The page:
But in reality, it is presented as anything but, with Fincher showing us the darker underbelly of the city of stars: directors accept jobs for politicians that they hate knowing their impact could help swing elections in favour of a shot at the big time, and futures are lost or made at fancy, high-stakes dining room parties that discuss whether the coming crisis in Germany is anything the United States should be worried about, whilst at the same time dismissing 42nd Street because it is made from a different studio, Warner Bros. With the elite studio itself that Mank calls his home being MGM we see stars traded between operations like football players, deals are struck as though they’re signing the next Kylian Mbappe or Lionel Messi, and the farewells of stars from the studio that has all of them is treated as a massive loss to the company. But in Hollywood, everything is a business, and life moves on, even when staff are told to take mandatory paycuts and there is a looming threat of Tinseltown simply just picking up and moving somewhere else.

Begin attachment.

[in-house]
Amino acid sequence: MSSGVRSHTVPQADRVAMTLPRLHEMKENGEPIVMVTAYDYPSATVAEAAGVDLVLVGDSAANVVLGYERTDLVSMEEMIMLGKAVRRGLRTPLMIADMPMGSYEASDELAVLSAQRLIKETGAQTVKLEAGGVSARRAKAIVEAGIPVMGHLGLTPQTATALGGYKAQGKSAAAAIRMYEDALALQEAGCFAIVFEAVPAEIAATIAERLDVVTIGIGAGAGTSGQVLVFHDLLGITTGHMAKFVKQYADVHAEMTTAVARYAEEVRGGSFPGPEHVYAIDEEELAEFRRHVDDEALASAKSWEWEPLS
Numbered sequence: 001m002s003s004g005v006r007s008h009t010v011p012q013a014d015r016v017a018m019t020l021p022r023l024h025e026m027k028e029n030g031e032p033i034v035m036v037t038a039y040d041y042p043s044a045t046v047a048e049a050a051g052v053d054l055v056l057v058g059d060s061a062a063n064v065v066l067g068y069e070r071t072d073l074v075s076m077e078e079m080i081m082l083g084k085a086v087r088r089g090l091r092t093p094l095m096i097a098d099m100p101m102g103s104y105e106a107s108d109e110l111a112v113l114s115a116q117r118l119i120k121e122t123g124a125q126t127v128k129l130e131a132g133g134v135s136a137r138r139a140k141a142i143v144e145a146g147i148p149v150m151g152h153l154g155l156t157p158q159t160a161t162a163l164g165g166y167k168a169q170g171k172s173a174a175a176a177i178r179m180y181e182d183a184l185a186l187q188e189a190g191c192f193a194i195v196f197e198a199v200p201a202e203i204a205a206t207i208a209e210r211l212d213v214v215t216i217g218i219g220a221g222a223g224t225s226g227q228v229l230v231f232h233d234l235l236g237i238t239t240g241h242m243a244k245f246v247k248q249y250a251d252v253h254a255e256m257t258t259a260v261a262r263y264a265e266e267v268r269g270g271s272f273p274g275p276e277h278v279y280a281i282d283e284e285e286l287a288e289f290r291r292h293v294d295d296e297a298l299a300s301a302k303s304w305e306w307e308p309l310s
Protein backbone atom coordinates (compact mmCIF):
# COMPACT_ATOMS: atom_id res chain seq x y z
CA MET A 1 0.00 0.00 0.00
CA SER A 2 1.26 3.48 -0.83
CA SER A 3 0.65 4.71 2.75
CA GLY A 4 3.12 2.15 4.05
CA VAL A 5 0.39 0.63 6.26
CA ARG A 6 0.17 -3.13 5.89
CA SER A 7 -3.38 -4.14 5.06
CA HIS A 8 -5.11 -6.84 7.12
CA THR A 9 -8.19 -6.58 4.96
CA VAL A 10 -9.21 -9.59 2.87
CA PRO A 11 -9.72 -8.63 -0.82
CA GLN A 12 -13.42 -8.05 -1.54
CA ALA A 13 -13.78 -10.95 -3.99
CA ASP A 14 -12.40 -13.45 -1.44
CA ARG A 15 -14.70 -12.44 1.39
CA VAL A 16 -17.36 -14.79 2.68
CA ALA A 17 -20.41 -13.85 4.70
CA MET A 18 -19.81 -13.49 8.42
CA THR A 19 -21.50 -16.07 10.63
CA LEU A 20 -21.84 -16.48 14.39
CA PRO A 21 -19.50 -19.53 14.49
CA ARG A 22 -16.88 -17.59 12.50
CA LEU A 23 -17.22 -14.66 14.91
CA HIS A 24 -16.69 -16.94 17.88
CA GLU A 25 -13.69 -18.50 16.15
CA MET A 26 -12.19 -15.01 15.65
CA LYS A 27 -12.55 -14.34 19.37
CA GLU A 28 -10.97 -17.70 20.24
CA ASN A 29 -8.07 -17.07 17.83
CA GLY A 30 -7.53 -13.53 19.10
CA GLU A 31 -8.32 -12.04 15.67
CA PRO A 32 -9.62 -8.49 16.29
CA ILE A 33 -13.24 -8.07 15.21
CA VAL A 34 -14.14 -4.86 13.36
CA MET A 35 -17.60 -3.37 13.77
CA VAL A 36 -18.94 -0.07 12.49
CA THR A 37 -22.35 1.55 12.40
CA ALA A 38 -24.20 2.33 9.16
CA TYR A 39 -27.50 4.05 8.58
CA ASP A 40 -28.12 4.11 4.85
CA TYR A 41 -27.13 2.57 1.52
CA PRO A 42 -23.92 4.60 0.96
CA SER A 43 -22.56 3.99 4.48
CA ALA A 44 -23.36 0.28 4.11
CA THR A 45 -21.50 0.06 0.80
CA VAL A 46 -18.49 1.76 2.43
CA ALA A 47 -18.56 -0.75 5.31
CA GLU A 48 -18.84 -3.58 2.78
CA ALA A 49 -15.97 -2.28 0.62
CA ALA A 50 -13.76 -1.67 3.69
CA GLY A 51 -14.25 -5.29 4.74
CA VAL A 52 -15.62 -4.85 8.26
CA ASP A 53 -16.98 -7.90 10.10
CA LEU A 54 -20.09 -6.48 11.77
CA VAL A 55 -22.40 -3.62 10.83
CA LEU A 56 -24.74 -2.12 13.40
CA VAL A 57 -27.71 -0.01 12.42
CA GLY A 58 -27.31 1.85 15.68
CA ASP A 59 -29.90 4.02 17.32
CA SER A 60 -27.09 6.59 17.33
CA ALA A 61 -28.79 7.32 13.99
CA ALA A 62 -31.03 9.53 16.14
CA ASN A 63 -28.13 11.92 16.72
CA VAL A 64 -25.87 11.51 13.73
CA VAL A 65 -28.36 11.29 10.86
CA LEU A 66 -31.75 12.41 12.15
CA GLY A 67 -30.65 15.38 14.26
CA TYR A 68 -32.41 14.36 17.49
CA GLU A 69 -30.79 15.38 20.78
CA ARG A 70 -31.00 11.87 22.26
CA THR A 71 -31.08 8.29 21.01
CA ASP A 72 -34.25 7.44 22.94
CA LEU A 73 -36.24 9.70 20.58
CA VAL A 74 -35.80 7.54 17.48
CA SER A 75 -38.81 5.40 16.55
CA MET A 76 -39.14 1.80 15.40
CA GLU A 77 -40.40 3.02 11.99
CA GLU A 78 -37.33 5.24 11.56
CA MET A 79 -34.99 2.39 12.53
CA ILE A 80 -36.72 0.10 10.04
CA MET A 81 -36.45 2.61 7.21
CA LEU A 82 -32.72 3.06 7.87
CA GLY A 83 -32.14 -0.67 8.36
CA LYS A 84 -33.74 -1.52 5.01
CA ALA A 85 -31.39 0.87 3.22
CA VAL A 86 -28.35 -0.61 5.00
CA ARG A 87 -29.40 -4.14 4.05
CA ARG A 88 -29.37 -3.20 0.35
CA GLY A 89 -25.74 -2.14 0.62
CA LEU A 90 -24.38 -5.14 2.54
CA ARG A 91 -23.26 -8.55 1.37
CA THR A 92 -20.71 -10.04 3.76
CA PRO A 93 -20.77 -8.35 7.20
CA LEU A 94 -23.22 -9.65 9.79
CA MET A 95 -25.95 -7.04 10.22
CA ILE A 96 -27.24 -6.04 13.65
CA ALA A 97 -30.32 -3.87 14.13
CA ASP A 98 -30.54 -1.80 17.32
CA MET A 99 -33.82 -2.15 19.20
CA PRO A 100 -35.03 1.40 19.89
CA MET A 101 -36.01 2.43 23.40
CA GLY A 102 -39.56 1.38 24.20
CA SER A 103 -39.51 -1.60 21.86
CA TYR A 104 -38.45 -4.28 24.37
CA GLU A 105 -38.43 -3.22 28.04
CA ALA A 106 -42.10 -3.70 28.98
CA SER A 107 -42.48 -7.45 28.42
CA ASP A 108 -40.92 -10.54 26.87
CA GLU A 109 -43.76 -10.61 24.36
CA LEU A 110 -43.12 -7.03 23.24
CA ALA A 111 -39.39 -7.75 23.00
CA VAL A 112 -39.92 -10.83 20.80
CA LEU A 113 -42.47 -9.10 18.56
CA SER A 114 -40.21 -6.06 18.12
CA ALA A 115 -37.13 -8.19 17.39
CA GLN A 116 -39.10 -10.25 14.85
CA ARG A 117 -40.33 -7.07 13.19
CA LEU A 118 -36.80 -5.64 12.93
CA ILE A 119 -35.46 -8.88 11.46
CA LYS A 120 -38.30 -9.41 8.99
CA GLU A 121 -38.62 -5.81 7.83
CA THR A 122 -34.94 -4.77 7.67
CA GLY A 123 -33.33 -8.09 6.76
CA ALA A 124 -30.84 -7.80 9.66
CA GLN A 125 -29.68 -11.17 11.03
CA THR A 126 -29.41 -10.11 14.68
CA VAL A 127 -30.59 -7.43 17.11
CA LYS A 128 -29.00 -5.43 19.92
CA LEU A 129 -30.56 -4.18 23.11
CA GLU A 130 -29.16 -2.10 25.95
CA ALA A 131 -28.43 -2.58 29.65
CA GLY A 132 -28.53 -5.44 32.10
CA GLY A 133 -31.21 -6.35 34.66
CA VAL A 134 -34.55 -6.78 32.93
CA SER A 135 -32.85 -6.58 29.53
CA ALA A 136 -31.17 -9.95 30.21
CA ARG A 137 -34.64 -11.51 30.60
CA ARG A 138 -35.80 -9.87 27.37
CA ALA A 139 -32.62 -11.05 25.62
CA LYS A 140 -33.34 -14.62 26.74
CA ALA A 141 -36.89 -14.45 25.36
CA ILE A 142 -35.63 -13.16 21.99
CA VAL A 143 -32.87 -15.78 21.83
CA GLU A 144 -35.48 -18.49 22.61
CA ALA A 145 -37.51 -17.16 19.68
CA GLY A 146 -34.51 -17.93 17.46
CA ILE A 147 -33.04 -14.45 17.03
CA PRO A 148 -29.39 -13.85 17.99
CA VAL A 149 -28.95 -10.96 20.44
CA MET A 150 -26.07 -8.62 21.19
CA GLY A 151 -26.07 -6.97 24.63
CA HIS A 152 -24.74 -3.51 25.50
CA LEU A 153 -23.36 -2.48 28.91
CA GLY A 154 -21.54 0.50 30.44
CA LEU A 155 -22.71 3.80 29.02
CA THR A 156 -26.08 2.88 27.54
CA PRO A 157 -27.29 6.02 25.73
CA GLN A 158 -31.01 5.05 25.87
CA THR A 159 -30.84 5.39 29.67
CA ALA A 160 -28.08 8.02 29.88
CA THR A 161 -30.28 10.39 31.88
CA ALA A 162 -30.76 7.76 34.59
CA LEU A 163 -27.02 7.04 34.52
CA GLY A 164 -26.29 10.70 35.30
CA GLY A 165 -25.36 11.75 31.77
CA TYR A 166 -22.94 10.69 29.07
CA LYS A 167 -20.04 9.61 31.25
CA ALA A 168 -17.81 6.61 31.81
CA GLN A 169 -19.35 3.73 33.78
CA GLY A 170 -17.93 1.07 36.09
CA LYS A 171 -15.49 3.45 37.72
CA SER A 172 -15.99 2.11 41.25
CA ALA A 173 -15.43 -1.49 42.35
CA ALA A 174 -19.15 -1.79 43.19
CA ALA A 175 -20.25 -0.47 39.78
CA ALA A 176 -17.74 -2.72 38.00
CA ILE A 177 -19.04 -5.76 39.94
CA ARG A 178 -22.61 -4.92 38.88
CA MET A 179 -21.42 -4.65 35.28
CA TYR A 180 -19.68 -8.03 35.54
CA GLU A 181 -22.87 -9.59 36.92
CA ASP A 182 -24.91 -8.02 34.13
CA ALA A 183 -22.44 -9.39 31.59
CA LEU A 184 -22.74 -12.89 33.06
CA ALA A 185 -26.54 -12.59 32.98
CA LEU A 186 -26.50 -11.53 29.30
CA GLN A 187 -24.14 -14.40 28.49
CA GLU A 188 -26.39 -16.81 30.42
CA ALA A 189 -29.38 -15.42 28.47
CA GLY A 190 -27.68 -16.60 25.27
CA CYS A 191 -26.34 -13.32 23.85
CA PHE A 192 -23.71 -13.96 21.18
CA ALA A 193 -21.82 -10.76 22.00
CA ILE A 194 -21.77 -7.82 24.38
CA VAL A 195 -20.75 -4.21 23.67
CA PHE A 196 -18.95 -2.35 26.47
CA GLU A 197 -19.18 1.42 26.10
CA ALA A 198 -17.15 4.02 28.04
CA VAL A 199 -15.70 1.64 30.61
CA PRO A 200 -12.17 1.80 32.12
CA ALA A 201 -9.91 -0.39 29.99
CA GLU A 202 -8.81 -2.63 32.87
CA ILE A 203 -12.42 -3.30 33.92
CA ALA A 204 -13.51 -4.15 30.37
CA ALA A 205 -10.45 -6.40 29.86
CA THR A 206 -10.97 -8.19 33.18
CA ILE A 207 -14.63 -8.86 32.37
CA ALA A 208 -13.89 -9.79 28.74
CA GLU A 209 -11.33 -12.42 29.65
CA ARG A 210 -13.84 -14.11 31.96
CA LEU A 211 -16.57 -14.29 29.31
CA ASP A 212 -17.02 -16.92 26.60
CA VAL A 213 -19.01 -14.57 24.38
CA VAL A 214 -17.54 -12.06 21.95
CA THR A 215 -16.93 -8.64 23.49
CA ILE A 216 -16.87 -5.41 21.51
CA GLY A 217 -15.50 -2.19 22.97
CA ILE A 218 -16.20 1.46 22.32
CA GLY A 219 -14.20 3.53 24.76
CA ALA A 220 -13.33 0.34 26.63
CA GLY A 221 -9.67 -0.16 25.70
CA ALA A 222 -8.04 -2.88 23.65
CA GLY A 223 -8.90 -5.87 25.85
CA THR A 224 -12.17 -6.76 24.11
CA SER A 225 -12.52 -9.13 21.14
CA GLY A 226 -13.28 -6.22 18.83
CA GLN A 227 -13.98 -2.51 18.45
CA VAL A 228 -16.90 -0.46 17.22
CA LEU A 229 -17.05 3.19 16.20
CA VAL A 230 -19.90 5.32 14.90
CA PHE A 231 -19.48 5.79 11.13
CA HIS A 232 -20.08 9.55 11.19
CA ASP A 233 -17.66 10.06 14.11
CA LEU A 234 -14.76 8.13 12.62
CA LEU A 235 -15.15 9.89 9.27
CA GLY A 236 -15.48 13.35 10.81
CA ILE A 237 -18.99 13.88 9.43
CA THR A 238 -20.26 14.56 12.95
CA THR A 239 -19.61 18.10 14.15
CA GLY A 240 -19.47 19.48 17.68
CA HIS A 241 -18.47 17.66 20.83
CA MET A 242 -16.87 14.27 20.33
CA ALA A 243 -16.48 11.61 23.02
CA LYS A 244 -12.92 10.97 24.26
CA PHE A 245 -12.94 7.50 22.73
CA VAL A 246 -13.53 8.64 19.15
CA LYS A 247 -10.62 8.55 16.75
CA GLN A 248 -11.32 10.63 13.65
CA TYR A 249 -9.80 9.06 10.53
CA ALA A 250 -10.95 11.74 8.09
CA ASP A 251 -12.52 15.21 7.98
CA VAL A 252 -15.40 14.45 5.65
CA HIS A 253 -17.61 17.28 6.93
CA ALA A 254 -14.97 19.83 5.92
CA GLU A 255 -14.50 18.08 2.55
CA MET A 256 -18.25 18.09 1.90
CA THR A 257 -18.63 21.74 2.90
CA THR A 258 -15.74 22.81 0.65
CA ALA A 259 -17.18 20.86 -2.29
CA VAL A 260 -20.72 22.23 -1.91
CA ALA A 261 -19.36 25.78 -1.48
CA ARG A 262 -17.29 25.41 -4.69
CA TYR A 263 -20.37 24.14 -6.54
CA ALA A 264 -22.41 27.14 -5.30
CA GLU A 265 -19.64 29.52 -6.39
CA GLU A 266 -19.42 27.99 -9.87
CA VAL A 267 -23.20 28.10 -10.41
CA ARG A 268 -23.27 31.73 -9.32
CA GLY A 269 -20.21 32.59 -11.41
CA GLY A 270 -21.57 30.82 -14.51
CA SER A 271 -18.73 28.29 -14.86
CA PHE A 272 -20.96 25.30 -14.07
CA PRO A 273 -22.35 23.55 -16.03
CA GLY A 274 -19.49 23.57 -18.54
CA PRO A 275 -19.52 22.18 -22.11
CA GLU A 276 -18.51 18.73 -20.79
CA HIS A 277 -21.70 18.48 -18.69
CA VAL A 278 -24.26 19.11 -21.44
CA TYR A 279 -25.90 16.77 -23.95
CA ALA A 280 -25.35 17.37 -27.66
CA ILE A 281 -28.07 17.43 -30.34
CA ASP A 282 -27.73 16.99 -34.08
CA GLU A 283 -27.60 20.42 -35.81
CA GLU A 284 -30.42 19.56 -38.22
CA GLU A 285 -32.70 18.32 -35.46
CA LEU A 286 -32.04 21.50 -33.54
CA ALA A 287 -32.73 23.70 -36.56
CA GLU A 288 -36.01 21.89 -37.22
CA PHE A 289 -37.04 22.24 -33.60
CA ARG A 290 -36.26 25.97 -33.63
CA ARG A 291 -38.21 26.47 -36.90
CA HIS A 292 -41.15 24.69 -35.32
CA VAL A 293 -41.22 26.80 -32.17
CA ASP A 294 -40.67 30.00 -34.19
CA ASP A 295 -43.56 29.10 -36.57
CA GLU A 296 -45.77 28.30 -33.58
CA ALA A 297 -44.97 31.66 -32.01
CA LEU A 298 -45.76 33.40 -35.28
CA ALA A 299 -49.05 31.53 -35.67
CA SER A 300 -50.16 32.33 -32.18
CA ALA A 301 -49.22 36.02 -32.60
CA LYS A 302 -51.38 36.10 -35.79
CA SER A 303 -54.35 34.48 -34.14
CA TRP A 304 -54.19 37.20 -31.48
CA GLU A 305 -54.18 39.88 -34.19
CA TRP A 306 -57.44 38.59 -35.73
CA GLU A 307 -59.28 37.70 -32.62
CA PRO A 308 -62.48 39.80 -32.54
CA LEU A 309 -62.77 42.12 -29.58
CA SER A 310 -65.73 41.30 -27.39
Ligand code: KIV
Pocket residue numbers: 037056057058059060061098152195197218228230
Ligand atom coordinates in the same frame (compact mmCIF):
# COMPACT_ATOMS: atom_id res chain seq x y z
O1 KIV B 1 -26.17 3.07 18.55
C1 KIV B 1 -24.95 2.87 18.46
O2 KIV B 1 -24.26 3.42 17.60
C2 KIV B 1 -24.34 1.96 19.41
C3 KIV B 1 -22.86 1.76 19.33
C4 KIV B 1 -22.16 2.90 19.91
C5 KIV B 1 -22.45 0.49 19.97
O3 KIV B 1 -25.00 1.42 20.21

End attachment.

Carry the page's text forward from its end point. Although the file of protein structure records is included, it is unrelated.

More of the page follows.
I liked Mank the most when it was revelling in recreating this period with a noirish undertone to it, or to put it in other words, the film where it is at its most risk-taking and formula-averse, which are ironically, the moments when the film isn’t purely focused on Mank writing Citizen Kane. This is helped by the fantastic cast and the character-focused nature of the script that helps us easily define who these people are, what makes them tick, their dreams, their flaws, their ambitions and their desires all realised before our eyes: Amanda Seyfried plays Marlon Davies to precision with one of the best performances that I’ve seen all year, captivating the screen and out-acting the brilliant Gary Oldman in his own movie. Charles Dance, as ever, strikes an intimidating pose just by being in the room and doing nothing, and Lily Colins is also praise-worthy here. There’s a lot to like in how the film’s made: fans of 1930s will adore its recreation, if you liked the references and call-backs in Once Upon A Time in Hollywood, you’ll find yourself right at home here.